New Strategies Could Curb Coercion in Maritime Asia

By Vivienne Machi
The Arleigh-Burke class destroyer USS Dewey transits the South China Sea.

Photo: Navy

The U.S. military must alter its strategic approaches to deterrence in the maritime domain as it faces increased competition and more complex threats in the Asia-Pacific, analysts and officials said.

The United States and its allies have struggled to develop effective strategies to curb China’s renewed assertive nature in regional maritime disputes, and the tensions that follow, according to a recent report titled, “Countering Coercion in Maritime Asia” by the Washington, D.C.- based think tank, the Center for Strategic and International Studies.

“If U.S. leaders do not adopt a deliberate and forward-looking strategy for countering coercion, they will continue the existing practice of responding to crises rather than shaping them,” the report said.

The report’s authors examined recent incidents of so-called gray zone conflict — defined as aggressive and coercive activity that is designed to remain below the threshold of conventional military conflict — in the Asia-Pacific region. The report detailed recommendations for U.S. policymakers, and suggested areas where the United States could boost its use of capabilities to protect its regional interests.

The United States has declined to use forces such as the Coast Guard to deter aggressive behaviors, while Beijing has actively used these types of government vessels in maritime disputes, the report said. But limitations on budget, mission and personnel have restricted the Coast Guard’s use in the Pacific, offering limited opportunities to deter Chinese coercion, it noted.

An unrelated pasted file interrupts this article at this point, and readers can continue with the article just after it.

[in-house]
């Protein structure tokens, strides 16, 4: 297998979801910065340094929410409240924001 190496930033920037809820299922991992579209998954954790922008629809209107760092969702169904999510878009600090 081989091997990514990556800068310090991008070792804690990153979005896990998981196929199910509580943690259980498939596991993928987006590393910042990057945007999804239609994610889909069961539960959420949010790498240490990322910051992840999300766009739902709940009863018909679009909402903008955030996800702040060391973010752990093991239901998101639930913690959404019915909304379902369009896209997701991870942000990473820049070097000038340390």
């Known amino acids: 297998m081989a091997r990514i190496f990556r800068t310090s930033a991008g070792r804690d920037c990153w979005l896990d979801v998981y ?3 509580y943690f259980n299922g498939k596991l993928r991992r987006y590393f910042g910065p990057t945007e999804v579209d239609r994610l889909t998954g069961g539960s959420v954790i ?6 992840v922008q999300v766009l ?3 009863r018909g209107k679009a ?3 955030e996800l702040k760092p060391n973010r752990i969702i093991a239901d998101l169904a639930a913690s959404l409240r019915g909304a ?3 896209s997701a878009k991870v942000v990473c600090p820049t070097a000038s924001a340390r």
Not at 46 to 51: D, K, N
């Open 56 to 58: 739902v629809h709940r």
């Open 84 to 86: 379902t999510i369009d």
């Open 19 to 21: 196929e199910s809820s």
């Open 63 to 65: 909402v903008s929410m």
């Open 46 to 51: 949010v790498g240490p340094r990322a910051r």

U.S. leaders should continue to support and coordinate with its regional allies, and learn to accept more risk in determining not only how to deter, but whether to deter a threat, the authors said.

“By using a combination of carrots and sticks, Washington may be able to deter challengers’ most destabilizing actions,” the report said. “Accepting risk is a prerequisite for effective deterrence.”
Adm. John Richardson, chief of naval operations, said he supported the findings of the report, noting that the Navy was “very involved across the deterrence spectrum.”

“We are looking to enhance that even further, so that we can continue to … demonstrate that we are able to impose … a potentially unacceptable cost” on aggressors, he said at a recent CSIS event.

The service is adding to the lethality of its current platforms and making significant investments in the cyber, nuclear and conventional warfare domains “to get us on the right side of the cost curve with weapons that can have a deterrent effect,” he added.

Topics: Maritime Security

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